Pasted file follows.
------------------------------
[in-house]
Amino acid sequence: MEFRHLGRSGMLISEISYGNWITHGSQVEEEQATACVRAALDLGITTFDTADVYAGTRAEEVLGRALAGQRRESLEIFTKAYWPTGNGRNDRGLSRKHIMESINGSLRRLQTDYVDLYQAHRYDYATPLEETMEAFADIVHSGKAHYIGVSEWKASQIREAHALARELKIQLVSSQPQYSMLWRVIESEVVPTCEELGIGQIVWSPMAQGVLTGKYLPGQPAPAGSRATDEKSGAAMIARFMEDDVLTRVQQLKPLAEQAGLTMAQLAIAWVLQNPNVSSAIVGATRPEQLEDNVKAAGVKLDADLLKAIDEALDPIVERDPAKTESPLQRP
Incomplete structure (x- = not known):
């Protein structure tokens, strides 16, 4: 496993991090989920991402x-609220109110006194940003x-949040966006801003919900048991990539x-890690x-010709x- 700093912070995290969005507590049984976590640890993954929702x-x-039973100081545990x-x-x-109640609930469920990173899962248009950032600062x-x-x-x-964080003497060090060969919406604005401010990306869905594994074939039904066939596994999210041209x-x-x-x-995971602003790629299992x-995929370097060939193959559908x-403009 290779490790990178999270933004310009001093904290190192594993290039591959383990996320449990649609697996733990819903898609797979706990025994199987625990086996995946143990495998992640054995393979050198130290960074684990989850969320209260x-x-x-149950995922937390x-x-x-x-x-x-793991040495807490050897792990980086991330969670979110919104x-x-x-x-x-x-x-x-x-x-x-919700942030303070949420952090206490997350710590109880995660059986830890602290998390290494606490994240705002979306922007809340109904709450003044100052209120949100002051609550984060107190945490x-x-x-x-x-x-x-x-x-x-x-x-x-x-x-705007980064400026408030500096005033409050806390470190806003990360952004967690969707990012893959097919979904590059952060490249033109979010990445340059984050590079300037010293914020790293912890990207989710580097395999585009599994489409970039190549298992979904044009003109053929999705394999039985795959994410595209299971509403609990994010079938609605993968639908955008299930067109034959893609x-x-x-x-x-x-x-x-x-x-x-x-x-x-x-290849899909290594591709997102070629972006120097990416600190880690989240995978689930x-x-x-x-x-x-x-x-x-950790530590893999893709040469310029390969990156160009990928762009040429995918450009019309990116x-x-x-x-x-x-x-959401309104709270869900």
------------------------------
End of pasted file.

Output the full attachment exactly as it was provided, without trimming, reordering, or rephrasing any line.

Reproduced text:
[in-house]
Amino acid sequence: MEFRHLGRSGMLISEISYGNWITHGSQVEEEQATACVRAALDLGITTFDTADVYAGTRAEEVLGRALAGQRRESLEIFTKAYWPTGNGRNDRGLSRKHIMESINGSLRRLQTDYVDLYQAHRYDYATPLEETMEAFADIVHSGKAHYIGVSEWKASQIREAHALARELKIQLVSSQPQYSMLWRVIESEVVPTCEELGIGQIVWSPMAQGVLTGKYLPGQPAPAGSRATDEKSGAAMIARFMEDDVLTRVQQLKPLAEQAGLTMAQLAIAWVLQNPNVSSAIVGATRPEQLEDNVKAAGVKLDADLLKAIDEALDPIVERDPAKTESPLQRP
Incomplete structure (x- = not known):
């Protein structure tokens, strides 16, 4: 496993991090989920991402x-609220109110006194940003x-949040966006801003919900048991990539x-890690x-010709x- 700093912070995290969005507590049984976590640890993954929702x-x-039973100081545990x-x-x-109640609930469920990173899962248009950032600062x-x-x-x-964080003497060090060969919406604005401010990306869905594994074939039904066939596994999210041209x-x-x-x-995971602003790629299992x-995929370097060939193959559908x-403009 290779490790990178999270933004310009001093904290190192594993290039591959383990996320449990649609697996733990819903898609797979706990025994199987625990086996995946143990495998992640054995393979050198130290960074684990989850969320209260x-x-x-149950995922937390x-x-x-x-x-x-793991040495807490050897792990980086991330969670979110919104x-x-x-x-x-x-x-x-x-x-x-919700942030303070949420952090206490997350710590109880995660059986830890602290998390290494606490994240705002979306922007809340109904709450003044100052209120949100002051609550984060107190945490x-x-x-x-x-x-x-x-x-x-x-x-x-x-x-705007980064400026408030500096005033409050806390470190806003990360952004967690969707990012893959097919979904590059952060490249033109979010990445340059984050590079300037010293914020790293912890990207989710580097395999585009599994489409970039190549298992979904044009003109053929999705394999039985795959994410595209299971509403609990994010079938609605993968639908955008299930067109034959893609x-x-x-x-x-x-x-x-x-x-x-x-x-x-x-290849899909290594591709997102070629972006120097990416600190880690989240995978689930x-x-x-x-x-x-x-x-x-950790530590893999893709040469310029390969990156160009990928762009040429995918450009019309990116x-x-x-x-x-x-x-959401309104709270869900």